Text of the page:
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Pet Shop Boys Use Social Media to 'Call The Police' on Drake For Utilizing 'West End Girls' on His New Album

The chorus of the classic Pet Shop Boys single can be heard in Drake's song 'All The Parties'

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Source: Parlophone / Republic

The covers for the classic Pet Shop Boys single and Drake's new album

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This past weekend kicked off with a bit of controversy for Drake, but it came courtesy of an unlikely duo, and it was delivered casually and using arguably the most polite wording possible.

Using their official Twitter account, Pet Shop Boys, a.k.a. Neil Tennant and Chris Lowe, informed the Canadian singer/rapper - and, by extension, all of their followers - that he'd used the chorus of their '80s single "West End Girls" in his song "All the Parties" without bothering credit the duo, let alone ask them for permission to utilize it.

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wills q template
Source: Parlophone / Republic

The covers for the classic Pet Shop Boys single and Drake's new album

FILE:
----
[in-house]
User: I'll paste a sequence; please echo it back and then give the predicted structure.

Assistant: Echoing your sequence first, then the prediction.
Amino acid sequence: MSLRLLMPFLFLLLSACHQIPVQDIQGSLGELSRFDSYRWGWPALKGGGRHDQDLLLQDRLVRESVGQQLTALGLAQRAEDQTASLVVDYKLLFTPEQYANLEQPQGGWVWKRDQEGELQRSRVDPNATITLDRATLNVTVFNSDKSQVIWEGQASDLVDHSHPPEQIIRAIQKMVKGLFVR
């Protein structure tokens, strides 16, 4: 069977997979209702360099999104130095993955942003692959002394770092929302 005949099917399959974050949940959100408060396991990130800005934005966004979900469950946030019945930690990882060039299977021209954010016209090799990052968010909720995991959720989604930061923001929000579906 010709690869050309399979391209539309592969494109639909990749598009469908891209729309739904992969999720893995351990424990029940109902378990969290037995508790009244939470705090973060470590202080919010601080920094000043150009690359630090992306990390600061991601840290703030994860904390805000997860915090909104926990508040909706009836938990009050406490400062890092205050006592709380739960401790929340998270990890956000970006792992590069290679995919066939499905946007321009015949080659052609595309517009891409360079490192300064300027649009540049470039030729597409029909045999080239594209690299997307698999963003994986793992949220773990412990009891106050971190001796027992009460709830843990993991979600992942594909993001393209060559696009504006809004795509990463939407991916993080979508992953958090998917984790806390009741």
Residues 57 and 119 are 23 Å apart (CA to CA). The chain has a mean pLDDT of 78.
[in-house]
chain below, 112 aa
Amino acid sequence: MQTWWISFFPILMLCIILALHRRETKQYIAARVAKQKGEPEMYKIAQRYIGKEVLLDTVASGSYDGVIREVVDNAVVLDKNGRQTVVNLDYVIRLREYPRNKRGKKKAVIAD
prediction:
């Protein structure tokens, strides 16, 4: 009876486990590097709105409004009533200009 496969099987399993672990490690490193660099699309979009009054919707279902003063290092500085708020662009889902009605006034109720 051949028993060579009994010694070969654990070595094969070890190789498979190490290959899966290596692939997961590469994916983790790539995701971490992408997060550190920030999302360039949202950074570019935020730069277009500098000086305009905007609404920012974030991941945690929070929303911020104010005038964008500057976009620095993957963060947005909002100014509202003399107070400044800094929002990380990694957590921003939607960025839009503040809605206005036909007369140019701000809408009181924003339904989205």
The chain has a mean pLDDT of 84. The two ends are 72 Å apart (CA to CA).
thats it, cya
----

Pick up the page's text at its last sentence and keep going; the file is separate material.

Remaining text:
"Surprising to hear @Drake singing the chorus of 'West End girls' in the track 'All the Parties' on his new album," wrote the duo. "No credit given or permission requested."

As of this writing, Drake - or "Drizzy," as he currently calls himself on Twitter - has not responded to the tweet about the use of the chorus, though he has made plenty of time to promote For All the Dogs, the album from which "All the Parties" hails.

You can hear Pet Shop Boys' classic single below, after which you can listen to Drake's song and hear that this isn't a case of Tennant and Lowe making mountains out of molehills. At the 2:38 mark, you can quite clearly hear the lyrics: "In a West End town, a dead end world / The East End boys and West End girls."

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To date, "West End Girls" remains Pet Shop Boys' only #1 hit on the Billboard Hot 100, a feat made all the more impressive by the fact that it was their first single. Written by Tennant and Lowe, the song was initially recorded by the duo in 1983 during sessions with producer Bobby Orlando, a.k.a. Bobby O. Although it was a club hit in San Francisco and Los Angeles, it was only available in the UK as an import 12" single. It wasn't until the duo hooked up with producer Stephen Hague that the song was re-recorded and transformed into the huge hit that most listeners remember. That said, if for some reason you've never heard the original version, we've posted that version below as well, for your musical education.

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